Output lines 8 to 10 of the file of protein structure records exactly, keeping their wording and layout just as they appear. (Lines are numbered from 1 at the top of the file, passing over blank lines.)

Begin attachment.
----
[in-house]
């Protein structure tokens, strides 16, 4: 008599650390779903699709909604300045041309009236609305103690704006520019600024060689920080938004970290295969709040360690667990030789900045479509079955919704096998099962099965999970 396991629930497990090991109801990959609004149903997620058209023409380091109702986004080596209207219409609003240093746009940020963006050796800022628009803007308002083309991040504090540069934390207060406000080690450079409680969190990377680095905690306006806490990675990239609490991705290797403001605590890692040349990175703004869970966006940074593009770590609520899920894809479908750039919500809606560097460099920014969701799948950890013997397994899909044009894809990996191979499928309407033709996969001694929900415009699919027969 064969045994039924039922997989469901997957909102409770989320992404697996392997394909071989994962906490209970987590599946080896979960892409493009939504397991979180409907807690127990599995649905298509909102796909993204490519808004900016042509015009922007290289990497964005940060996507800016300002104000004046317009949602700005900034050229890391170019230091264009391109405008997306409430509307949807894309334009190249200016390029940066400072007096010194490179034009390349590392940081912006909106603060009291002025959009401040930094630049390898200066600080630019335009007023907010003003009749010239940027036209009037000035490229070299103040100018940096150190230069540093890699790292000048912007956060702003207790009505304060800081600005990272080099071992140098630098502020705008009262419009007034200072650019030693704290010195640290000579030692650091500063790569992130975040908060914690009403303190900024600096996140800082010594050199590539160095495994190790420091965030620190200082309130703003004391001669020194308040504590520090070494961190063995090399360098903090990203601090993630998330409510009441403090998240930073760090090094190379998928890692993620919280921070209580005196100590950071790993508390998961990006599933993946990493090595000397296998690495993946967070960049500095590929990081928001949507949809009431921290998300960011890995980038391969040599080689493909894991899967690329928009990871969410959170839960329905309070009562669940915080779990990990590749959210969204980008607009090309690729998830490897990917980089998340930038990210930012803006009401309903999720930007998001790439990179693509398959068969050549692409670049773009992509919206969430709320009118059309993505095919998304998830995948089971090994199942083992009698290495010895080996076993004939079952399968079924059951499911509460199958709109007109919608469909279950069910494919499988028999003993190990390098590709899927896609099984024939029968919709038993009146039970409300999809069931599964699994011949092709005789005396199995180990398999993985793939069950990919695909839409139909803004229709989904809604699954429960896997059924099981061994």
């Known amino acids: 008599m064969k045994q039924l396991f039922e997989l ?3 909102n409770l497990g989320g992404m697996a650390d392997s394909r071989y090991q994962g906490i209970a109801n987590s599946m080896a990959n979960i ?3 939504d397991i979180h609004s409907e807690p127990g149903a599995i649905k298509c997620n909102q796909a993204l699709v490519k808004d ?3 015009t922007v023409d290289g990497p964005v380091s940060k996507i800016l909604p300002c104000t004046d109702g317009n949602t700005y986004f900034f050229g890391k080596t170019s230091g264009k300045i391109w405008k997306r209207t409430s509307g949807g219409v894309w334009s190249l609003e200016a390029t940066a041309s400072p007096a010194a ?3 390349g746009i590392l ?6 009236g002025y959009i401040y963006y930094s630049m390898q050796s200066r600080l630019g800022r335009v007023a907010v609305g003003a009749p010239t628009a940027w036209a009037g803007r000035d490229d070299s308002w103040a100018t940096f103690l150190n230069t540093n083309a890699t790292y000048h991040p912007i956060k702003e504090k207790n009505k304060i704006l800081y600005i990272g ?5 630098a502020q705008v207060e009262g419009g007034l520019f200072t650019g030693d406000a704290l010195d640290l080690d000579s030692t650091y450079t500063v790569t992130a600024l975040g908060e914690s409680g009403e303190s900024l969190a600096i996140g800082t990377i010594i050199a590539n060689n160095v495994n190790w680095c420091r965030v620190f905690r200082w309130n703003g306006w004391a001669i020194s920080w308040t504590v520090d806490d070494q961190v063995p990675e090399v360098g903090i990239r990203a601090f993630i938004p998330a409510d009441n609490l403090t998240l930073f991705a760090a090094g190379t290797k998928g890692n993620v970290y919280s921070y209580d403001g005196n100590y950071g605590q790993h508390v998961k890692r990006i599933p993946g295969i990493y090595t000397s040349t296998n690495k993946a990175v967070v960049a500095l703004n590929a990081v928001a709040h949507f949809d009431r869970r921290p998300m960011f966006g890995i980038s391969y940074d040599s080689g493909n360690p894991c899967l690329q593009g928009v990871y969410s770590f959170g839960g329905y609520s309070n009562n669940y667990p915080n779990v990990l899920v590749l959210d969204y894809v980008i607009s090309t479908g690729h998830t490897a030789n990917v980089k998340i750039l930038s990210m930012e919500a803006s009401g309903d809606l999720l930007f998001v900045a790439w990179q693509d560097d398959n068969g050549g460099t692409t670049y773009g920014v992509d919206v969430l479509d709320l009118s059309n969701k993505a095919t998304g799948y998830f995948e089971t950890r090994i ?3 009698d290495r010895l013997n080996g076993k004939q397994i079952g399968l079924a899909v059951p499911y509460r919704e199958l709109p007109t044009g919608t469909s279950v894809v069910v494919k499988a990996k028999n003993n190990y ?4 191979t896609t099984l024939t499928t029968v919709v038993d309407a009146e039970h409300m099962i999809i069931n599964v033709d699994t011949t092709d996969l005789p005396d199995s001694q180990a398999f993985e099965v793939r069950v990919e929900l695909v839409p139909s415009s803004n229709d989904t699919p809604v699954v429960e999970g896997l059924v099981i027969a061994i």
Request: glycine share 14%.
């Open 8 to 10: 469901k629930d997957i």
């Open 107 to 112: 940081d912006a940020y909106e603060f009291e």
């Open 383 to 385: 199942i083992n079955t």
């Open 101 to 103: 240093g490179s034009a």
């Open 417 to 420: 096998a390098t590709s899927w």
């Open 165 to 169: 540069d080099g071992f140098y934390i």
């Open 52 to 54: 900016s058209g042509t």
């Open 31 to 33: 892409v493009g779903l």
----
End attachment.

């Open 101 to 103: 240093g490179s034009a």
């Open 417 to 420: 096998a390098t590709s899927w």
């Open 165 to 169: 540069d080099g071992f140098y934390i």